The Princeton Review has named the University of Richmond among the 13 colleges with the best financial aid.

"It's really exciting to work in a place that has that kind of commitment to be able to help students who might not otherwise be able to consider a Richmond education," said Cynthia Deffenbaugh, director of student financial aid.

Richmond has a need-blind admission process and is committed to meeting 100 percent of the demonstrated need of admitted students, Deffenbaugh said.

According to Sophomore Jon Overton, Richmond's financial aid program is helpful in that makes the school's cost closer to that of a state school.

"It's also helpful because it allows you to do a work-study program while you're here," Overton said.

The program is supported by the university's operating budget as well as endowed funds, she said.

Deffenbaugh said she did not think the worsening economy would have an impact on the financial aid program's commitment to meeting student aid.

"We're several years into this recession and we have maintained that commitment, and my expectation is that we plan to continue," she said.

However, according to Dr. Robert Nicholson, associate dean for undergraduate business programs and professor of Economics in the Robins School of Business, every university, even one like Richmond that has made such a strong commitment to student financial aid, has a financial limit.

One change affecting graduate students will be the removal of the origination fee rebate, Deffenbaugh said. Without a rebate graduate students will receive a smaller amount of their total loan.

"In summary, these changes will cause [law and graduate students] to pay more interest on their loans over time," Deffenbaugh said.

Nicholson said he was concerned that this would raise the overall debts of graduate students.

In the long run, statistics show, you will be better off [going to graduate school]," Nicholson said. "But it's just the question about how feasible it is.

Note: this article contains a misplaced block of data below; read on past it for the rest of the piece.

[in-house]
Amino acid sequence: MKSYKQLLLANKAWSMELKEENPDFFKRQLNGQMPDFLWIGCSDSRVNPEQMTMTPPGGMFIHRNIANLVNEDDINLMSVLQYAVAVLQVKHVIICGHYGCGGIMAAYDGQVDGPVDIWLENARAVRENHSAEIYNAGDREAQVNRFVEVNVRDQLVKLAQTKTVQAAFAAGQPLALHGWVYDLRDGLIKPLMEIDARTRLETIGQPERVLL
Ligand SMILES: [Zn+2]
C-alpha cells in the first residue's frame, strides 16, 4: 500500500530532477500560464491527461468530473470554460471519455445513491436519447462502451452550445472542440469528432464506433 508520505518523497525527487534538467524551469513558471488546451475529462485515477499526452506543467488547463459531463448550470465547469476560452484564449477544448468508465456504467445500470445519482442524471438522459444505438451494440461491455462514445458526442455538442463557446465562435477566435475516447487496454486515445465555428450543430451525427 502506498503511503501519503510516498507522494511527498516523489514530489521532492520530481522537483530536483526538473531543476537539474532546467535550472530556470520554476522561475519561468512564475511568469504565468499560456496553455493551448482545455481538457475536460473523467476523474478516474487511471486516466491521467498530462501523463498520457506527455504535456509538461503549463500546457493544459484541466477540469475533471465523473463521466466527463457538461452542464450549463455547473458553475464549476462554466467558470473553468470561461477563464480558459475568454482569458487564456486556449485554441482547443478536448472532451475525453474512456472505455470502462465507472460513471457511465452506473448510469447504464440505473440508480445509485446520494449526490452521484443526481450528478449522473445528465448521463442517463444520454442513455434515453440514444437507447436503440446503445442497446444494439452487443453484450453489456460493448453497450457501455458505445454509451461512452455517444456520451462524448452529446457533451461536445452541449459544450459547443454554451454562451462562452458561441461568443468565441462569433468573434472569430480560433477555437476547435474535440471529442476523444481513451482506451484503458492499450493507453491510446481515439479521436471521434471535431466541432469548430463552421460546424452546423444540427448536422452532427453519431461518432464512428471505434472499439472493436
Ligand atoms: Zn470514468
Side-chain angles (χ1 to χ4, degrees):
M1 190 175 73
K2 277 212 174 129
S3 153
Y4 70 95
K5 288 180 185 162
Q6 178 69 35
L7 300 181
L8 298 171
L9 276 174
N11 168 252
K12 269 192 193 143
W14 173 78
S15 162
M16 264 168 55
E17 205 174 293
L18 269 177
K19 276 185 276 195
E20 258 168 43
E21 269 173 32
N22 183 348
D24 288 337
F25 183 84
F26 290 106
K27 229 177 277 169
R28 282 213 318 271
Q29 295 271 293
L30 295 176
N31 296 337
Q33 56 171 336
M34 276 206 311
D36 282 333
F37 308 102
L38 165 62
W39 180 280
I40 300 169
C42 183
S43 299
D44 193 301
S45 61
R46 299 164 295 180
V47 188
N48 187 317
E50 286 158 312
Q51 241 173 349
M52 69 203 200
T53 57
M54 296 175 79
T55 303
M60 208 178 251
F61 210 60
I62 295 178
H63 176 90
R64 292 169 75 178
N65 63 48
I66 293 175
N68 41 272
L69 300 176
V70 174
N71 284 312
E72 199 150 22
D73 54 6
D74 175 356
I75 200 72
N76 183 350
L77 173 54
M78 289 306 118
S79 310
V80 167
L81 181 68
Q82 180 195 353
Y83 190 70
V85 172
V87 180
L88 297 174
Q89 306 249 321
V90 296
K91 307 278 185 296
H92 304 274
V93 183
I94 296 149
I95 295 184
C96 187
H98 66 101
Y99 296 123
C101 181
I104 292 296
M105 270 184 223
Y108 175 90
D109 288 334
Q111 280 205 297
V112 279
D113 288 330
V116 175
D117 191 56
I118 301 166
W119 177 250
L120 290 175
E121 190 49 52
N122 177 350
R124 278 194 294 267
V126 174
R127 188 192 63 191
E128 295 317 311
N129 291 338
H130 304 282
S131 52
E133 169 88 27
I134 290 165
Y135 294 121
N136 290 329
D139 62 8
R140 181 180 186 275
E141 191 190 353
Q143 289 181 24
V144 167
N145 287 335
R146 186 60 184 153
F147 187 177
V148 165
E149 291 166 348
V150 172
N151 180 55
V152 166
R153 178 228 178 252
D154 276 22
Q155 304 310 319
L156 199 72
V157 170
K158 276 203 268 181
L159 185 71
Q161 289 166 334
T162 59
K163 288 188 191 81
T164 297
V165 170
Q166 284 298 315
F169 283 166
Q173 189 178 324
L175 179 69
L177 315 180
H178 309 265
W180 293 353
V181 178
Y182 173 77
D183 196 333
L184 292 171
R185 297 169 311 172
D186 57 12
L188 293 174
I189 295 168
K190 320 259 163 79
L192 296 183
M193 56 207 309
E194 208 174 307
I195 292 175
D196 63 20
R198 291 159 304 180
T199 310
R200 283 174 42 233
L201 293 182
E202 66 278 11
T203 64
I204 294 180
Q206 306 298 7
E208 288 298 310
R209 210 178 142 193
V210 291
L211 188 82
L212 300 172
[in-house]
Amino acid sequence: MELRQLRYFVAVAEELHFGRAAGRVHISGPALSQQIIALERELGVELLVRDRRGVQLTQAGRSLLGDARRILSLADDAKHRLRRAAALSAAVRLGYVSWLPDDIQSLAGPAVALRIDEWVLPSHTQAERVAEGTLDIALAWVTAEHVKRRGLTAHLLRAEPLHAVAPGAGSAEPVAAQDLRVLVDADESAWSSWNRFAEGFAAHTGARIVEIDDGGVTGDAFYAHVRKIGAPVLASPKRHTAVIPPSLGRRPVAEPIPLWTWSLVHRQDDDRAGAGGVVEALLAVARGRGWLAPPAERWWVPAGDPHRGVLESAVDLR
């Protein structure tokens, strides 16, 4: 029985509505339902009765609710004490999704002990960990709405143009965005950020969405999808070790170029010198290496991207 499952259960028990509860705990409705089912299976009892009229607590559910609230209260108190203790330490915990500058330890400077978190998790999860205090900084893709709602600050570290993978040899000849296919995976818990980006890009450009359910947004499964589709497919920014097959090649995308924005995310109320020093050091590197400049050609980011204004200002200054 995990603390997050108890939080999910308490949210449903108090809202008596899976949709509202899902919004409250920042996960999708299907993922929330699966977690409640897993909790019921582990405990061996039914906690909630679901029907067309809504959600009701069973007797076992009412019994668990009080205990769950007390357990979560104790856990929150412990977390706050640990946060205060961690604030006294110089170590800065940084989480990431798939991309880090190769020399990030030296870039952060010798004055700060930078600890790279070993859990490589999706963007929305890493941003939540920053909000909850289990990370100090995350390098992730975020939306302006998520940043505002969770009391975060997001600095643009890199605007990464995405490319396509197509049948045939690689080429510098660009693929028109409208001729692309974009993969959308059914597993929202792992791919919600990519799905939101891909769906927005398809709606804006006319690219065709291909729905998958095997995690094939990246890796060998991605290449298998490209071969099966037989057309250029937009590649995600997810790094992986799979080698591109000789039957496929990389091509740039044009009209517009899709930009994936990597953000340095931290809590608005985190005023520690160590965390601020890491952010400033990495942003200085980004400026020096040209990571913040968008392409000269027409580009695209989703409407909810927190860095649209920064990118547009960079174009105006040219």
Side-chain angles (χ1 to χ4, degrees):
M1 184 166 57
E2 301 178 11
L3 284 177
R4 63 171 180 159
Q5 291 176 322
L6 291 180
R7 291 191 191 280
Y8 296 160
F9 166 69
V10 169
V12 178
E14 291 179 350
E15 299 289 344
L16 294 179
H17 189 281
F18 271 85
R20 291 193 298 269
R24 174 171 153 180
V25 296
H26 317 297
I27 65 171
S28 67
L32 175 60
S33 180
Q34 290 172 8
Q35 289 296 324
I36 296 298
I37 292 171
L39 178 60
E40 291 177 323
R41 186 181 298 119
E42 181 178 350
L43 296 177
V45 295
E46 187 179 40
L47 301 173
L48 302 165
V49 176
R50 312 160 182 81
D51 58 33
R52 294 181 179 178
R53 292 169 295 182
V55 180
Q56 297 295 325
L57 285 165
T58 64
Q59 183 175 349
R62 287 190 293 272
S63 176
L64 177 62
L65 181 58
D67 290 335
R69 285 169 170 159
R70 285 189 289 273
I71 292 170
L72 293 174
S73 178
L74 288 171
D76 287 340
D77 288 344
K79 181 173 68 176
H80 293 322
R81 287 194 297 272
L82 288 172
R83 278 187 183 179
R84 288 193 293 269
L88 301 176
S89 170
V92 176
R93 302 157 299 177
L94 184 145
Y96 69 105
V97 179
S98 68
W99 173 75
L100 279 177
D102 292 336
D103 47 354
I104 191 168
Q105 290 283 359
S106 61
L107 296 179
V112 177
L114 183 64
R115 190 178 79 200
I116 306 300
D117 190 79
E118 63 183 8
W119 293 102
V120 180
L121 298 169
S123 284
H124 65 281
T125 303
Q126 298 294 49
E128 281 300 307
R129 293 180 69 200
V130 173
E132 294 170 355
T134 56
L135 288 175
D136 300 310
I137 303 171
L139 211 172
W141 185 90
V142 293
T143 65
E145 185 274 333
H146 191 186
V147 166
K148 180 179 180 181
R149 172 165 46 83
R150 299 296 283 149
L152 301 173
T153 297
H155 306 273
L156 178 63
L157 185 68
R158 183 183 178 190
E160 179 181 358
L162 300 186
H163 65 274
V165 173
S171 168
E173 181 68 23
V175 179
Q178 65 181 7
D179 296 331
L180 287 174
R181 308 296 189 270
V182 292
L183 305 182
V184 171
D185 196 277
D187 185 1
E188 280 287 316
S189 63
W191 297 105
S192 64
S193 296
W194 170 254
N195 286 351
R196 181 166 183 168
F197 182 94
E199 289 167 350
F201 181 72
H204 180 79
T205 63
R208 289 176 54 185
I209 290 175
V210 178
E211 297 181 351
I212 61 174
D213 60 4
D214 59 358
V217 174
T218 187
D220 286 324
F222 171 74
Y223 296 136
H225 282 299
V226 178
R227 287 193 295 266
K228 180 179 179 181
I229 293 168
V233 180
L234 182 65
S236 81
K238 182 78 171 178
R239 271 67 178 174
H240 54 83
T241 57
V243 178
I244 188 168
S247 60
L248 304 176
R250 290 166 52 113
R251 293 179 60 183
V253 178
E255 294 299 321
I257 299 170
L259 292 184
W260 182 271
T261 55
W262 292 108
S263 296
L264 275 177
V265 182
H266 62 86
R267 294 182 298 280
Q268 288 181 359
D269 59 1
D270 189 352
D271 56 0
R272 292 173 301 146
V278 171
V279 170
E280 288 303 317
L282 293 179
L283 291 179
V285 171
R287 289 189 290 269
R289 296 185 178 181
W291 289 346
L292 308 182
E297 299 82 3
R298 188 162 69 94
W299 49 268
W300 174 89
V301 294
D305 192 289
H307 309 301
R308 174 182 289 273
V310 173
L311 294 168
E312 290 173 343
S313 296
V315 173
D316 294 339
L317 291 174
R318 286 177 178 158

"Graduate school is a good opportunity if you can piece it together and get aid from here and there."

According to Nicholson, education systems from kindergarten through graduate school have made large financial impacts on families.

"But the peculiar thing is, Richmond, up to this point, is almost an exception to the rule," he said. Richmond is extremely fortunate to have done well with endowment in harsh economic times and to have maintained small class sizes, Nicholson said.

"It is very admirable what they're doing," he said. "I think the only bad news about the University of Richmond is it's so small, if every large university in this country could do what Richmond does for its students it would be a whole different situation."

However, he said he heard that a long-run era of stagnation had been predicted and at some point even well-funded universities could be affected.

It is unclear when that effect would become noticeable. "Would it be five bad years or 10 bad years before Richmond started feeling the impact?" Nicholson said.

The unforeseeable stability of the United States economy may harvest concern from even the most prepared collegiate financial aid programs.

Contact staff writer Kylie McKenna at kylie.mckenna@richmond.edu

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